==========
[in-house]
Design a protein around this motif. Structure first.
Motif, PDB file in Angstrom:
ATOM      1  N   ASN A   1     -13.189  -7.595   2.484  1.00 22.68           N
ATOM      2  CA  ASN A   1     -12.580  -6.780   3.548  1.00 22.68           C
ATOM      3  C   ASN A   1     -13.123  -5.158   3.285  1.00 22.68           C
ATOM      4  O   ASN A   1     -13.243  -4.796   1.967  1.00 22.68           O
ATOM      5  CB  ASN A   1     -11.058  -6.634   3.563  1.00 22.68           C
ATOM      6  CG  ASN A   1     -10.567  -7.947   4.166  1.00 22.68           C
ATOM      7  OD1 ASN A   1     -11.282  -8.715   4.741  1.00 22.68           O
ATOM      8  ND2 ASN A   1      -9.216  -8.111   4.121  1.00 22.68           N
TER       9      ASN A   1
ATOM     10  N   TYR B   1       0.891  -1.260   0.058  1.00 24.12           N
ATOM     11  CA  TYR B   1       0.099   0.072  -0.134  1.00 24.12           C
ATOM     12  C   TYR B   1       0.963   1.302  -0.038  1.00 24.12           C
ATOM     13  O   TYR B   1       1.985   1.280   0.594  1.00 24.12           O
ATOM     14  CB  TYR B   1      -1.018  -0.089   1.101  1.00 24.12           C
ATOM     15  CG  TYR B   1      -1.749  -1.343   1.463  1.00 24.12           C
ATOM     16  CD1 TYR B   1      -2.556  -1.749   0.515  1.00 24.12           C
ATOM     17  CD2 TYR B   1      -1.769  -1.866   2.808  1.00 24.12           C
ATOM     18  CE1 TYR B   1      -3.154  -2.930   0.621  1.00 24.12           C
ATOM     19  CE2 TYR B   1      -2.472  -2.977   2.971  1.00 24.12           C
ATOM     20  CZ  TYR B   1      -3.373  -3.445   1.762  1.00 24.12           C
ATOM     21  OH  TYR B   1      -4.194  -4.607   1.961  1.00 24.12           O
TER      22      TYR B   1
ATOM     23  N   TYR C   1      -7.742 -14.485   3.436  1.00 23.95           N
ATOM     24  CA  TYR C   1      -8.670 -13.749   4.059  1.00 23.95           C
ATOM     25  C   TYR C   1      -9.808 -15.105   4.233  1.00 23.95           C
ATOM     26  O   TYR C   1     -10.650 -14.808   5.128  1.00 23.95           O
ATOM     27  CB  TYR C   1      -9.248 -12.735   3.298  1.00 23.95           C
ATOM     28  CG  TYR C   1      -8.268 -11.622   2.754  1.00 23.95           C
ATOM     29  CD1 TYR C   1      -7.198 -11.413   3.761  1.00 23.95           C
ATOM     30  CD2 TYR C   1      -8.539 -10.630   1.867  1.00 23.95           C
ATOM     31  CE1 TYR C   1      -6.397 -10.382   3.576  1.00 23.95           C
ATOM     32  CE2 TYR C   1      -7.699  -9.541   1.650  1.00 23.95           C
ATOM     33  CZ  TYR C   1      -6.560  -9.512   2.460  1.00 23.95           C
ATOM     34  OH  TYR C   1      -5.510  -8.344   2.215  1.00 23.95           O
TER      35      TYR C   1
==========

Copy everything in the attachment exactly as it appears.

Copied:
[in-house]
Design a protein around this motif. Structure first.
Motif, PDB file in Angstrom:
ATOM      1  N   ASN A   1     -13.189  -7.595   2.484  1.00 22.68           N
ATOM      2  CA  ASN A   1     -12.580  -6.780   3.548  1.00 22.68           C
ATOM      3  C   ASN A   1     -13.123  -5.158   3.285  1.00 22.68           C
ATOM      4  O   ASN A   1     -13.243  -4.796   1.967  1.00 22.68           O
ATOM      5  CB  ASN A   1     -11.058  -6.634   3.563  1.00 22.68           C
ATOM      6  CG  ASN A   1     -10.567  -7.947   4.166  1.00 22.68           C
ATOM      7  OD1 ASN A   1     -11.282  -8.715   4.741  1.00 22.68           O
ATOM      8  ND2 ASN A   1      -9.216  -8.111   4.121  1.00 22.68           N
TER       9      ASN A   1
ATOM     10  N   TYR B   1       0.891  -1.260   0.058  1.00 24.12           N
ATOM     11  CA  TYR B   1       0.099   0.072  -0.134  1.00 24.12           C
ATOM     12  C   TYR B   1       0.963   1.302  -0.038  1.00 24.12           C
ATOM     13  O   TYR B   1       1.985   1.280   0.594  1.00 24.12           O
ATOM     14  CB  TYR B   1      -1.018  -0.089   1.101  1.00 24.12           C
ATOM     15  CG  TYR B   1      -1.749  -1.343   1.463  1.00 24.12           C
ATOM     16  CD1 TYR B   1      -2.556  -1.749   0.515  1.00 24.12           C
ATOM     17  CD2 TYR B   1      -1.769  -1.866   2.808  1.00 24.12           C
ATOM     18  CE1 TYR B   1      -3.154  -2.930   0.621  1.00 24.12           C
ATOM     19  CE2 TYR B   1      -2.472  -2.977   2.971  1.00 24.12           C
ATOM     20  CZ  TYR B   1      -3.373  -3.445   1.762  1.00 24.12           C
ATOM     21  OH  TYR B   1      -4.194  -4.607   1.961  1.00 24.12           O
TER      22      TYR B   1
ATOM     23  N   TYR C   1      -7.742 -14.485   3.436  1.00 23.95           N
ATOM     24  CA  TYR C   1      -8.670 -13.749   4.059  1.00 23.95           C
ATOM     25  C   TYR C   1      -9.808 -15.105   4.233  1.00 23.95           C
ATOM     26  O   TYR C   1     -10.650 -14.808   5.128  1.00 23.95           O
ATOM     27  CB  TYR C   1      -9.248 -12.735   3.298  1.00 23.95           C
ATOM     28  CG  TYR C   1      -8.268 -11.622   2.754  1.00 23.95           C
ATOM     29  CD1 TYR C   1      -7.198 -11.413   3.761  1.00 23.95           C
ATOM     30  CD2 TYR C   1      -8.539 -10.630   1.867  1.00 23.95           C
ATOM     31  CE1 TYR C   1      -6.397 -10.382   3.576  1.00 23.95           C
ATOM     32  CE2 TYR C   1      -7.699  -9.541   1.650  1.00 23.95           C
ATOM     33  CZ  TYR C   1      -6.560  -9.512   2.460  1.00 23.95           C
ATOM     34  OH  TYR C   1      -5.510  -8.344   2.215  1.00 23.95           O
TER      35      TYR C   1